Weight Training on an Empty Stomach for Fat Loss

woman raising kettlebell over her head in an empty gym
kupicoo / Getty Images

Many people believe that weight training on an empty stomach is beneficial for maximum fat loss, so if you want to lose fat, you should exercise in a fasted state. But is this just trainer-speak, or is there science to back up the assertion?

When you are in a "fasted state" (four to six hours after eating), your body has had time to digest and metabolize a good proportion of what you ate at the last meal. That means your body's fuel preference will change from glucose to fat.

Hormones like insulin and glucagon change in relation to the amount of glucose in the blood and liver. When blood glucose is high, the body uses glucose for fuel. When blood glucose subsides, the body burns fat to preserve the glucose stored in muscle and the liver. This helps maintain an optimum blood glucose level.

In the fasted state, insulin sensitivity increases and so does production of growth hormone. Both of these can boost fat loss, which supports the argument that fasted exercise results in more fat loss.

Drawbacks of Fasted Training

The advice to train in a fasted state is a strategy to increase fat burning, with the hope of using some stored fat. However, the intensity of the exercise you are doing also affects whether your body uses fat or glucose as energy fuel. Heavy lifts or fast running will use stored muscle glucose (glycogen) more than fat, whether or not you are doing these tough workouts on an empty stomach.

In addition, how much fat and glucose is used as fuel is prioritized over 24 hours in relation to all energy demands, not just those of your workout. You may burn some extra fat during a fasted exercise session, but it is not likely to be enough to mobilize stubborn stored fat when considered overall.

When you exercise too intensely in a fasted state, your muscles can degrade. This is because your system pulls apart amino acids to help preserve critical blood glucose. Chronic low blood glucose and rising cortisol (stress hormone) levels can depress the immune system.

Another risk of fasted exercise: You may experience a strong tendency to overeat after exercise, which could negate any fat-burning advantage.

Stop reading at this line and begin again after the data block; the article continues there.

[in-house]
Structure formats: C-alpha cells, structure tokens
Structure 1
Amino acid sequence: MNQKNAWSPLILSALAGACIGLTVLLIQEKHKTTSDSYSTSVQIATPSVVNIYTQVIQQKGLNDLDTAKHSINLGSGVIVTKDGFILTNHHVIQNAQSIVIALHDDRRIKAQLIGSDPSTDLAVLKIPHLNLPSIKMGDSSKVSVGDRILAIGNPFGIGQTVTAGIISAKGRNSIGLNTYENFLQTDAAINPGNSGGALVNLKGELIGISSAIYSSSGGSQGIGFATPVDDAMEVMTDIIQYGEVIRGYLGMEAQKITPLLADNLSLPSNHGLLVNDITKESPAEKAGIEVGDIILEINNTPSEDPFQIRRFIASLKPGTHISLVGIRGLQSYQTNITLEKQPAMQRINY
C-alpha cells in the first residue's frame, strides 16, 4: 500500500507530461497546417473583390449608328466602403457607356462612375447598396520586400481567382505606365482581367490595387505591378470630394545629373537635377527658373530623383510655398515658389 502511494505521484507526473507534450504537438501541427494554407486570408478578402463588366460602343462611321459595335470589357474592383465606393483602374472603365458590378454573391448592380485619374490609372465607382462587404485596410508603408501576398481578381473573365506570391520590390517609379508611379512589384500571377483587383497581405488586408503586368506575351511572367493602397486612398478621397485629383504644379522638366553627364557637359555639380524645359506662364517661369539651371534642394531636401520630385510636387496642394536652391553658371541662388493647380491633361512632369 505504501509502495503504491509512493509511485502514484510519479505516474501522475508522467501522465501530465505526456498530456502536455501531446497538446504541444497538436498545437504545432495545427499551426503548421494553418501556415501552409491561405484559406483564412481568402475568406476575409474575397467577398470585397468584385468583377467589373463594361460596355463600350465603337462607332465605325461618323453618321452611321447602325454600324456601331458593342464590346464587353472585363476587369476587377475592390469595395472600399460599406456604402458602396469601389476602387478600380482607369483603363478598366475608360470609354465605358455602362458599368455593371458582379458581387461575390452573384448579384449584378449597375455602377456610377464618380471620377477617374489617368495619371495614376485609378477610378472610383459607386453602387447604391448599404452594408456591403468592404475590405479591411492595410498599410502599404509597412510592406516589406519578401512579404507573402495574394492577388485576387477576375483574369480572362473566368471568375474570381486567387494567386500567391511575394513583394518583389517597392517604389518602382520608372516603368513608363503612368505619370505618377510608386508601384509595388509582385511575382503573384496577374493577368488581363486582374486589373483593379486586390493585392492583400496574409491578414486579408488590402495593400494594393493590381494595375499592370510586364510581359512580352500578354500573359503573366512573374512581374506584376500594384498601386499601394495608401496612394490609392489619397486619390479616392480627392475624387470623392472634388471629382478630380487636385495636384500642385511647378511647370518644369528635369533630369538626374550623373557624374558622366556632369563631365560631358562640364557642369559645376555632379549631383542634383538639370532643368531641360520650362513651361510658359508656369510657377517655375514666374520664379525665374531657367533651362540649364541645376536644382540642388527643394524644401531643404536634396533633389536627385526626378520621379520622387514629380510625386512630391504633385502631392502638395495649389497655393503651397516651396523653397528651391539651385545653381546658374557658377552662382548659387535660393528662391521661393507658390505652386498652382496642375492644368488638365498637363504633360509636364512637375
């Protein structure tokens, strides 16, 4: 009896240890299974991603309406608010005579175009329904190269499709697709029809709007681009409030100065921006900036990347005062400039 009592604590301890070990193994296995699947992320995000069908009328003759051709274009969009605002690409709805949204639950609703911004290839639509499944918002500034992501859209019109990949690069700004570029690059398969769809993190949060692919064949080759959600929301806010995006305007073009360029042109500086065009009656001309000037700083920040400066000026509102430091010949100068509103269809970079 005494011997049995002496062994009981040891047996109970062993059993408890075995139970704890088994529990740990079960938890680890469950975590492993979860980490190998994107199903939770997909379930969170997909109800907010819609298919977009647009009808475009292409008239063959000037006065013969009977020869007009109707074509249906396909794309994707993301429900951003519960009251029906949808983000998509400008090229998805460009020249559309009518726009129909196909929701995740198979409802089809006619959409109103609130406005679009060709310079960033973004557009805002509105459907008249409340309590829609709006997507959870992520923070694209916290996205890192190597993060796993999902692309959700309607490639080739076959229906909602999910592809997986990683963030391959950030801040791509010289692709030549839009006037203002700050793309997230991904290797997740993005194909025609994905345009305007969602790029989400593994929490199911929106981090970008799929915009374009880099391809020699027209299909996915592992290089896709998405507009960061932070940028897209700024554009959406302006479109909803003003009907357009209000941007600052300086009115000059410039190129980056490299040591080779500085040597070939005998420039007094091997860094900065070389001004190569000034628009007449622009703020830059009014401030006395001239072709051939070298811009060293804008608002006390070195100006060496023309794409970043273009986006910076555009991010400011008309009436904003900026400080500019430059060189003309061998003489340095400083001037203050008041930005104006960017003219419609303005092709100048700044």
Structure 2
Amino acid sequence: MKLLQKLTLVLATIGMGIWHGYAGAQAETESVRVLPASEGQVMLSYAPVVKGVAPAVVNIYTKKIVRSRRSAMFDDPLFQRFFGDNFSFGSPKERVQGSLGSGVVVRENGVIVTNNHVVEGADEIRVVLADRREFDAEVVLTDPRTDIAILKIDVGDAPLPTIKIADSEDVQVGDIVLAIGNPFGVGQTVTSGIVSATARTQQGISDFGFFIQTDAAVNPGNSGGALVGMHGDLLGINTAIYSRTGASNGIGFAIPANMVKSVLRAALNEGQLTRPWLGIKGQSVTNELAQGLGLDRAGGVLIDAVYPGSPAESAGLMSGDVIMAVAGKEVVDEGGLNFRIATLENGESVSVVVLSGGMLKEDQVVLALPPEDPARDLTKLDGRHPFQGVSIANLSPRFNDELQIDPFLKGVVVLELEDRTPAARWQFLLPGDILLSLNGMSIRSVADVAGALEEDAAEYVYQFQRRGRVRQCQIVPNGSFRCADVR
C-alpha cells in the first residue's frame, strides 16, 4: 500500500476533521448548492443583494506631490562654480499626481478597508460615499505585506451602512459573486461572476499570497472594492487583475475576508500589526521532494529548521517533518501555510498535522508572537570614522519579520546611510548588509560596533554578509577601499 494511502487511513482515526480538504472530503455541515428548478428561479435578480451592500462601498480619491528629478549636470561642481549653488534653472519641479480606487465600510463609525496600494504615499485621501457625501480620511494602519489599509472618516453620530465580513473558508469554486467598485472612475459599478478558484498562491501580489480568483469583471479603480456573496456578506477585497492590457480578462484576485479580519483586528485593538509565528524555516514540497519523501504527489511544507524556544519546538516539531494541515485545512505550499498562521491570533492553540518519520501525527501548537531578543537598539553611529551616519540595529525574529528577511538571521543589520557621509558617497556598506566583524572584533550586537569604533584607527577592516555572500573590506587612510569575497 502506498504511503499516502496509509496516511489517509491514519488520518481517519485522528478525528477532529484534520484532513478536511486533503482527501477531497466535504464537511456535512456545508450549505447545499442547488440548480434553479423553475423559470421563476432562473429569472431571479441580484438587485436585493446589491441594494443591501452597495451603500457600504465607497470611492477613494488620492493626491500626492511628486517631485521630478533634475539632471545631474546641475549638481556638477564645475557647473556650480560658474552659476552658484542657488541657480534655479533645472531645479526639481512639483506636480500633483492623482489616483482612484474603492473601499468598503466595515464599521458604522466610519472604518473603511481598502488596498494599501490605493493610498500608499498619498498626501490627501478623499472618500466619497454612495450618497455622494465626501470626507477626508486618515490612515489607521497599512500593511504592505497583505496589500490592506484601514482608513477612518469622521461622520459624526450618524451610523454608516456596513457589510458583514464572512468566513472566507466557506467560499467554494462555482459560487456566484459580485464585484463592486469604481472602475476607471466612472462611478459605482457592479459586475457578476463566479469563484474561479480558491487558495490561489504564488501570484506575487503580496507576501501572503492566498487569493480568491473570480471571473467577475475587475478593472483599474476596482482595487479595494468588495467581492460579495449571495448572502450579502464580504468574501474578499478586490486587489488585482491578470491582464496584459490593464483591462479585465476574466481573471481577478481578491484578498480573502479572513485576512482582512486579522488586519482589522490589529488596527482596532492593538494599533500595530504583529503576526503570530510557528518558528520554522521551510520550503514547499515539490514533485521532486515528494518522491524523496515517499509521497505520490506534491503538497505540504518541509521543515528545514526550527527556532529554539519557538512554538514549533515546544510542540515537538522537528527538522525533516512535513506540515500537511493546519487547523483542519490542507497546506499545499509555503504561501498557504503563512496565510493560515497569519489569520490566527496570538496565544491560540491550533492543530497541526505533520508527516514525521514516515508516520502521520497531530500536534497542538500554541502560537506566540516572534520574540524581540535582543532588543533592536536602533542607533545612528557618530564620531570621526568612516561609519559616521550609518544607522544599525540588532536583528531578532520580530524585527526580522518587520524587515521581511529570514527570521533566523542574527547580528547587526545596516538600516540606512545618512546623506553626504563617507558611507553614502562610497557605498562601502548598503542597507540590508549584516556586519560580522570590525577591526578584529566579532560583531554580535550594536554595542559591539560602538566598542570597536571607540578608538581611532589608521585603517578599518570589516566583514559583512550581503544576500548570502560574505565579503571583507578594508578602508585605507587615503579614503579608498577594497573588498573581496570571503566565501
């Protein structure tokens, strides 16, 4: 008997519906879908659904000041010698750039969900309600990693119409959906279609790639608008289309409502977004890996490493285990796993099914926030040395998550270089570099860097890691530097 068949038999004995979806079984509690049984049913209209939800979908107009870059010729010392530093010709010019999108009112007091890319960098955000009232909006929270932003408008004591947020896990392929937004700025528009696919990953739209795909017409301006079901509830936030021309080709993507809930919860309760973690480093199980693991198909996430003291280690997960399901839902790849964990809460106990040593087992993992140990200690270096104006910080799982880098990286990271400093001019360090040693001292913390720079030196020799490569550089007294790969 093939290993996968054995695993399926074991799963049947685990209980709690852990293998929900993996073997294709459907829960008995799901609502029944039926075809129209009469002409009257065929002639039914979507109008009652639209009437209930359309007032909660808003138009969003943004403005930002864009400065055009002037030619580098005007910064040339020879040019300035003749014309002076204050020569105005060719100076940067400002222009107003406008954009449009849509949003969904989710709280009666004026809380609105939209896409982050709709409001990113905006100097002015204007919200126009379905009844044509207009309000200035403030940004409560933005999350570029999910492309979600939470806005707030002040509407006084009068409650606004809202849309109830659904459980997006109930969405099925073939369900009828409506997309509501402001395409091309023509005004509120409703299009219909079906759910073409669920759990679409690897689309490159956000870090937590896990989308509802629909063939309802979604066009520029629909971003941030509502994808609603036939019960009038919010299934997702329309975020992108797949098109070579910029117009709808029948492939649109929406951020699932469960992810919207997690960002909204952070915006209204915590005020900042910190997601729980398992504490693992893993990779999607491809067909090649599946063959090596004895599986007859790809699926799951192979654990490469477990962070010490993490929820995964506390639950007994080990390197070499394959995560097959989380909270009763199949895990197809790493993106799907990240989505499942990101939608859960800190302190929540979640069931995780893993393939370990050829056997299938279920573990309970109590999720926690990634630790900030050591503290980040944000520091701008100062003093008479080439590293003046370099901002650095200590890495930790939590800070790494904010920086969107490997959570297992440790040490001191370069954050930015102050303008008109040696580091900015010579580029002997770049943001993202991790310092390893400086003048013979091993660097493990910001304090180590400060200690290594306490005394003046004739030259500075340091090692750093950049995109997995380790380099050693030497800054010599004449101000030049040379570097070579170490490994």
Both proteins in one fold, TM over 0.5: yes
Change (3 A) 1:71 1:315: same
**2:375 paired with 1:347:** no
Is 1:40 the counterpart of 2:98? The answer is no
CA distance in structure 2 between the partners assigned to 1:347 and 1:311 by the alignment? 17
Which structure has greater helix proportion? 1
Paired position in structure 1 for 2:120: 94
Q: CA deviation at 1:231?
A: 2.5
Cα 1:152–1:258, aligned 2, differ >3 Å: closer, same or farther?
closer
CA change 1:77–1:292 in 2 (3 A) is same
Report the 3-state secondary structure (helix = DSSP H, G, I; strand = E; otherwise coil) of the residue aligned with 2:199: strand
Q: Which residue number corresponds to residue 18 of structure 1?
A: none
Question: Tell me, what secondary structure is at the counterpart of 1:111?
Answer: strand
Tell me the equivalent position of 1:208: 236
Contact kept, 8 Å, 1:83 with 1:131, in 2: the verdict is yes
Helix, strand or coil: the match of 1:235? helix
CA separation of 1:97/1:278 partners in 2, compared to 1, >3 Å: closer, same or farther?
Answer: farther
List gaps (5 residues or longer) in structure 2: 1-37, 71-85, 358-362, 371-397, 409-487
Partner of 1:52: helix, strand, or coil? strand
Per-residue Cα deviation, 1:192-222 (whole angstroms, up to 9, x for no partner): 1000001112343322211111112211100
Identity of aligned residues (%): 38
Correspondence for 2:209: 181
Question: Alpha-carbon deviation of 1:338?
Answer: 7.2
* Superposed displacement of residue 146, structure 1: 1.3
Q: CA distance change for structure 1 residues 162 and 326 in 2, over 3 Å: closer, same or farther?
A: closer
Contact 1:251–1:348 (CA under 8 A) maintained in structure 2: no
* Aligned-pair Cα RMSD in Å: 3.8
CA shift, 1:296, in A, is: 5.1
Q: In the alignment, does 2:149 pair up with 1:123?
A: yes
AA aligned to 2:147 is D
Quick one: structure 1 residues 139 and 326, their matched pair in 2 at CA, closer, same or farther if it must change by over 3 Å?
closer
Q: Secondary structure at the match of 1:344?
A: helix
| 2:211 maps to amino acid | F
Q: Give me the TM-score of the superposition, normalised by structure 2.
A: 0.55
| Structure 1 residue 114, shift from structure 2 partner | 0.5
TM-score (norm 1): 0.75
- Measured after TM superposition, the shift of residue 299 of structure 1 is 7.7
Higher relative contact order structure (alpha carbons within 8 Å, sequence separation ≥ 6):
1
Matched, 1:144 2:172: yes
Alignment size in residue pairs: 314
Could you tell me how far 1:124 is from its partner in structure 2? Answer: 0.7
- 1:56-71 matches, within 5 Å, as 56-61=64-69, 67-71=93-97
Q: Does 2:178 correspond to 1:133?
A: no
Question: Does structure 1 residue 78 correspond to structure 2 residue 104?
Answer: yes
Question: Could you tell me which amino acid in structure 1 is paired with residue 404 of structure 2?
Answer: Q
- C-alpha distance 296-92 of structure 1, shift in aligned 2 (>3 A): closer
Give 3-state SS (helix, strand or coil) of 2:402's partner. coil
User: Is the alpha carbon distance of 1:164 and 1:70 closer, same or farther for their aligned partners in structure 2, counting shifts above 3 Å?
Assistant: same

Pre-Workout Fuel

The best strategy for burning maximum fat and losing weight, if that's your aim, is to eat two hours before weight training or other exercise. If you wake early and like to exercise first thing, have a pre-workout snack, like a piece of toast with honey or an energy bar. Or have a diluted glass of juice or small sports drink during your workout. (Eating too much before a workout can lead to stomach upset.)

This way, you can still encourage the fat-burning process without depriving your body of necessary fuel. And while it's important not to overeat after exercise, you do need some calories, protein, and carbohydrates after your workout to help your muscles recover and get stronger.

Was this page helpful?
Article Sources
Verywell Fit uses only high-quality sources, including peer-reviewed studies, to support the facts within our articles. Read our editorial process to learn more about how we fact-check and keep our content accurate, reliable, and trustworthy.
  1. Schoenfeld BJ, Aragon AA, Wilborn CD, Krieger JW, Sonmez GT. Body composition Changes associated with fasted versus non-fasted aerobic exerciseJ Int Soc Sports Nutr. 2014;11(1):54. doi:10.1186/s12970-014-0054-7

  2. Kim TW, Lee SH, Choi KH, Kim DH, Han TK. Comparison of the effects of acute exercise after overnight fasting and breakfast on energy substrate and hormone levels in obese men. J Phys Ther Sci. 2015;27(6):1929–1932. doi:10.1589/jpts.27.1929

  3. Mul JD, Stanford KI, Hirshman MF, Goodyear LJ. Exercise and regulation of carbohydrate metabolismProg Mol Biol Transl Sci. 2015;135:17-37. doi:10.1016/bs.pmbts.2015.07.020

  4. Academy of Nutrition and Dietetics. Timing your pre- and post-workout nutrition. Updated September 10, 2019.